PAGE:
Subject: Re: A few here may have an opinion on this
From: Ian Lance Taylor <ian@airs.com>
Date: 24 Oct 2002 09:27:18 -0700

"Wendel de Joode, Ruben" <r.vanwendeldejoode@tbm.tudelft.nl> writes:

> I do not understand why a high IRR implies high productivity... can
> someone please explain this to me, as I feel that a high IRR could also
> imply that software companies simply charge too much money compared to
> the costs they have to incur to build the software? This means that
> customers end up paying (too) much money. The productivity of the
> software industry is not higher, instead, they are simply able to
> overcharge for their products.

Well, a standard economics argument is that if software companies do
indeed overcharge, then naturally people will see the opportunity to
build similar software and charge less for it.  Customers will choose
the lower-priced solution, and thus the new company will take over the
market, and make good money even if it is less than the original,
over-charging, company.

In other words, by the standard economic argument, it's unlikely for
there to be a long-term case of overcharging for a product.  This
implies that companies are charging approximately the right price, and
thus that high IRR does indeed imply high productivity.

But there are a lot of problems with that argument with respect to
software (e.g., very low marginal cost, and natural monopolies), so
let's ignore it.

Consider instead a product like Microsoft Word, which has come to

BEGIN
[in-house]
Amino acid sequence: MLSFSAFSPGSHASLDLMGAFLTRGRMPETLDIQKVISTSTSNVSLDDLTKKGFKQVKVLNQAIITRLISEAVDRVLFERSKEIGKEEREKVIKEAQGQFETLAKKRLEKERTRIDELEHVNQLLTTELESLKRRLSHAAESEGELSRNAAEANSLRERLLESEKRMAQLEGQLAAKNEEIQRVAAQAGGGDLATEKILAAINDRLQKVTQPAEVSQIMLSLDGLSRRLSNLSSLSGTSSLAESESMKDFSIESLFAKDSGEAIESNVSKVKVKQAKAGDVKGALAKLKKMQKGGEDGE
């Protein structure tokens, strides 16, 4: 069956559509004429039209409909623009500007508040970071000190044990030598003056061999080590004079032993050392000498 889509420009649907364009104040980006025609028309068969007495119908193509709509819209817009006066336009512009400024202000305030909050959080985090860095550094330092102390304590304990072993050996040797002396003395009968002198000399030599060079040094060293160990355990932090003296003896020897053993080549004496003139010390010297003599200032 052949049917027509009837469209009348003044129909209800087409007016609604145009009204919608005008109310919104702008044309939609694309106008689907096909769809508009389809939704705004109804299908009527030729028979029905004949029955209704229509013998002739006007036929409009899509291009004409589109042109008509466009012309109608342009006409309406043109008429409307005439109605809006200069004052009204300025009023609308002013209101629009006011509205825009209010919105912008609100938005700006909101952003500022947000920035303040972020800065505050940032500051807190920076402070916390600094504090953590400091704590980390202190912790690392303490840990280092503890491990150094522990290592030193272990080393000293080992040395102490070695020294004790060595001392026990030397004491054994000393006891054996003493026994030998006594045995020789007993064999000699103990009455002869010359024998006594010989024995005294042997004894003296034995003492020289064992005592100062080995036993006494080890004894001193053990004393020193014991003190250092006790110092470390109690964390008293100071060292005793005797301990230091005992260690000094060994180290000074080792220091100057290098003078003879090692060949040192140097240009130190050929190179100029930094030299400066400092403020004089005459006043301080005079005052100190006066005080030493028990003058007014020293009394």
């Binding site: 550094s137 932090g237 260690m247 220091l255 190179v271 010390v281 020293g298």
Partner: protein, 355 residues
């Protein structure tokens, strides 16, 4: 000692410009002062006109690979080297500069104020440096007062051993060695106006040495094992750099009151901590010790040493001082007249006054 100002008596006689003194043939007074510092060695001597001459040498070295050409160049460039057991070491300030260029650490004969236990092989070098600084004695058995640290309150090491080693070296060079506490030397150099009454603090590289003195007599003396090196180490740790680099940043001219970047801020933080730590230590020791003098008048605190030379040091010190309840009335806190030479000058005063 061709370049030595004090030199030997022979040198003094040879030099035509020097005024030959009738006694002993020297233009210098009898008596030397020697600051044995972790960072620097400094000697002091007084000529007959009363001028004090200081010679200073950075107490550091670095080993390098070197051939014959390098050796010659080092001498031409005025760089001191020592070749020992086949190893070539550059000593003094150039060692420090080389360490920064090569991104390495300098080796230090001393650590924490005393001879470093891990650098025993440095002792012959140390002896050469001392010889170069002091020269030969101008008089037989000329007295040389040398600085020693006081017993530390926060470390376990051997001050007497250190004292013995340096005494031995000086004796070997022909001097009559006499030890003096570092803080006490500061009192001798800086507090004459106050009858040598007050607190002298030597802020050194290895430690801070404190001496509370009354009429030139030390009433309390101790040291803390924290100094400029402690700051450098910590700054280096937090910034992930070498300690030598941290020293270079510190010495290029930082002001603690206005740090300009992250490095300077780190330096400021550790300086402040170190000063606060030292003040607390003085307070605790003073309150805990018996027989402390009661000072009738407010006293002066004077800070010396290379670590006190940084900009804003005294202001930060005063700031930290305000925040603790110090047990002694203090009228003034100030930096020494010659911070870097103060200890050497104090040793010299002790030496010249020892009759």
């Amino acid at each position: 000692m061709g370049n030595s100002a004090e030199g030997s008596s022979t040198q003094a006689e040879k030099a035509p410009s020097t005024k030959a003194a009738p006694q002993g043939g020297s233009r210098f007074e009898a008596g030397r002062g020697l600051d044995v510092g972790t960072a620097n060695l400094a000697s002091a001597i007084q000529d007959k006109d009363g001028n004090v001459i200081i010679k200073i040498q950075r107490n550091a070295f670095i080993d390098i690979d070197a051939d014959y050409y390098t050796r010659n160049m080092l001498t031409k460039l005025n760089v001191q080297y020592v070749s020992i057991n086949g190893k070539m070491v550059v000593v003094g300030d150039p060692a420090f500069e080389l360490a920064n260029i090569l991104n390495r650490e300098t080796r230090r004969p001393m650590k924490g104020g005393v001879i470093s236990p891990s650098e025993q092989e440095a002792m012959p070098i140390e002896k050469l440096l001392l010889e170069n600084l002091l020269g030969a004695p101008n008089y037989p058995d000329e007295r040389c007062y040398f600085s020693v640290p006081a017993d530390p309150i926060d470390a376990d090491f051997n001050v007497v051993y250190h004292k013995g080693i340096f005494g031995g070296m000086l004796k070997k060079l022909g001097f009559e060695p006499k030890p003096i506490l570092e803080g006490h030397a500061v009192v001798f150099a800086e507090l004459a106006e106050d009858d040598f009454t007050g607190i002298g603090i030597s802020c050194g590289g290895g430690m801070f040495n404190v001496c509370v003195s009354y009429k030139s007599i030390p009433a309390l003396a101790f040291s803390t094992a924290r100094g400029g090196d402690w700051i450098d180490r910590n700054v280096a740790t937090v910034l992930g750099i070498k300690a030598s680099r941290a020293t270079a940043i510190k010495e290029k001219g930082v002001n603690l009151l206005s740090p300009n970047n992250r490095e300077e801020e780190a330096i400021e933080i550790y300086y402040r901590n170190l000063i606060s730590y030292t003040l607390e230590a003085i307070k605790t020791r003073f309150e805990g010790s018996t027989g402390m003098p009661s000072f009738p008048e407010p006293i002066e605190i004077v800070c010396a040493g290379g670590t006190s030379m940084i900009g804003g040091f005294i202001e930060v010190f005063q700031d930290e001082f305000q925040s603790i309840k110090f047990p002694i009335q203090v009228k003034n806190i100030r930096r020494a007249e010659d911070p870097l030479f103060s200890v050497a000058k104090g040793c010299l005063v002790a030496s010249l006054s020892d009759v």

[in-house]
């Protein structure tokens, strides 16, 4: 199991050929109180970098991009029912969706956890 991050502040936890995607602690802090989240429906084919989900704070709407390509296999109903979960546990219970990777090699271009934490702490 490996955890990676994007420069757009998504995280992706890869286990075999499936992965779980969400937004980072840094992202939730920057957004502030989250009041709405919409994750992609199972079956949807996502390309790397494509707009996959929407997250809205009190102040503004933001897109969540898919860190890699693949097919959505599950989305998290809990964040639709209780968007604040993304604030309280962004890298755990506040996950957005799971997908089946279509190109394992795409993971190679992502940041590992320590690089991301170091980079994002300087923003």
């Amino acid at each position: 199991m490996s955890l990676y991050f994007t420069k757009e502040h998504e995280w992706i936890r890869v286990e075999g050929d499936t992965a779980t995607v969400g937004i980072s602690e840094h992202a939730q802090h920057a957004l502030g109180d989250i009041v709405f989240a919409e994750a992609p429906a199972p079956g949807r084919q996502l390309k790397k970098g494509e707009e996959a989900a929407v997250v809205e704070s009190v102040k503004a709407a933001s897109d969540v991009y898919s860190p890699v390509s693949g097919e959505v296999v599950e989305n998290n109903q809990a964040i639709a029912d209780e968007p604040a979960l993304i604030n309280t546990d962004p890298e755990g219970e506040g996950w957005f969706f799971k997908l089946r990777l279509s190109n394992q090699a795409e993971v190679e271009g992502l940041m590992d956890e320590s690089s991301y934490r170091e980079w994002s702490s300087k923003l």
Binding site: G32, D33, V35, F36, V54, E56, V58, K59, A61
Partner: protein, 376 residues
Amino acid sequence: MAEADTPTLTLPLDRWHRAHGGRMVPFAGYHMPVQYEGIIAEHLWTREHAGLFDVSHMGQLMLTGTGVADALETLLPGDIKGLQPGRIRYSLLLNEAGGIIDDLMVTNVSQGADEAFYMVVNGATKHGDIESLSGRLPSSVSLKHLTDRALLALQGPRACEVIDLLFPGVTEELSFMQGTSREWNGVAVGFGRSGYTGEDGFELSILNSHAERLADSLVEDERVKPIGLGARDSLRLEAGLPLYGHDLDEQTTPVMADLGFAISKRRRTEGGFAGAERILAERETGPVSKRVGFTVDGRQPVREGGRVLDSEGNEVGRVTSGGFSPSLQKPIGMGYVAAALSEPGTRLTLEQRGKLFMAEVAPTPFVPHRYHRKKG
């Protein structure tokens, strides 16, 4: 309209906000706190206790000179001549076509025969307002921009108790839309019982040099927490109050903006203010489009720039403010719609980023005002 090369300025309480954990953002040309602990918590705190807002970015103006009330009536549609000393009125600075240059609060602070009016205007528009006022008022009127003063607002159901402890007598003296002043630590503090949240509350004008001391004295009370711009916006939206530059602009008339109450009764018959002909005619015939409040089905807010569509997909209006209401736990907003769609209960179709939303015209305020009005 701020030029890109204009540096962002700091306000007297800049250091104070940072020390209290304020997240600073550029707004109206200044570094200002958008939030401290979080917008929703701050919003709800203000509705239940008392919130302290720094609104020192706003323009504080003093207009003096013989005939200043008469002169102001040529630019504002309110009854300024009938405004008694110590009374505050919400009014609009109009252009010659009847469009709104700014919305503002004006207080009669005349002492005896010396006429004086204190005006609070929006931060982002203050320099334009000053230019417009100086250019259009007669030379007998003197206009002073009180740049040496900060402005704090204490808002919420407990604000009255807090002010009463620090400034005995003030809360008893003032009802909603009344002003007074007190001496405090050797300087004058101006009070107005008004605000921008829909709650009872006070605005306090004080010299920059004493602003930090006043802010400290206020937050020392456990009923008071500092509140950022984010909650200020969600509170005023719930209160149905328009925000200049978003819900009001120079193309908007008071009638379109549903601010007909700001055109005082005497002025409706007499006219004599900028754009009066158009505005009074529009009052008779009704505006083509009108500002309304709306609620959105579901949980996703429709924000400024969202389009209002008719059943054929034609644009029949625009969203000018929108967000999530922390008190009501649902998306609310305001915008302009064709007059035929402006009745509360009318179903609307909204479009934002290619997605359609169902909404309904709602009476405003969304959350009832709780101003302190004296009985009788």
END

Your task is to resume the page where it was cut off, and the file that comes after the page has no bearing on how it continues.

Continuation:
dominate its market segment.  Many companies developed word processing
products, and a lot of money was invested in their development.  This
is because there is a lot of value in the market.  However, we have
seen that it is the nature of the word processing market segment that
if different implementations are not interchangeable, a single
implementation will dominate.  Since Microsoft wrote the dominant
implementation, this permits them to capture the value of the entire
market segment.  In a sense, the price charged for Microsoft Word
reflects all the investment which was made in word processing
products.  It just happens that Microsoft is the only company which is
picking up the profit.  The other companies simply lost their
investment.

Anyhow, there is a simpler way of looking at the matter.  People
simply would not pay for software if it did not help them.  There is
no law saying you must buy a computer.  Therefore, the price charged
must be acceptable, even if the marginal cost to the seller is low.
This implies that software does indeed increase overall productivity.

> I do not see how this (IRR) leads to the conclusion that proprietary
> software is more productive for a country and leads to a higher GDP.
> Therefore I totally agree with Forrest to question why it is:
> 
> 	"appropriate to start by looking at the IRR for software
> producers?"

I don't think you can use return on investment to come to any
conclusions about proprietary software versus free software.  It's
impossible to measure the productivity generated by free software.
Who can say how much proprietary software would never have been
written without the low startup costs permitted by free software?  Who
can say how much investment has been saved because free software sets
a lower limit on the functionality of basic software infrastructure?
Any answer to these questions now is no more than a wild guess.

Ian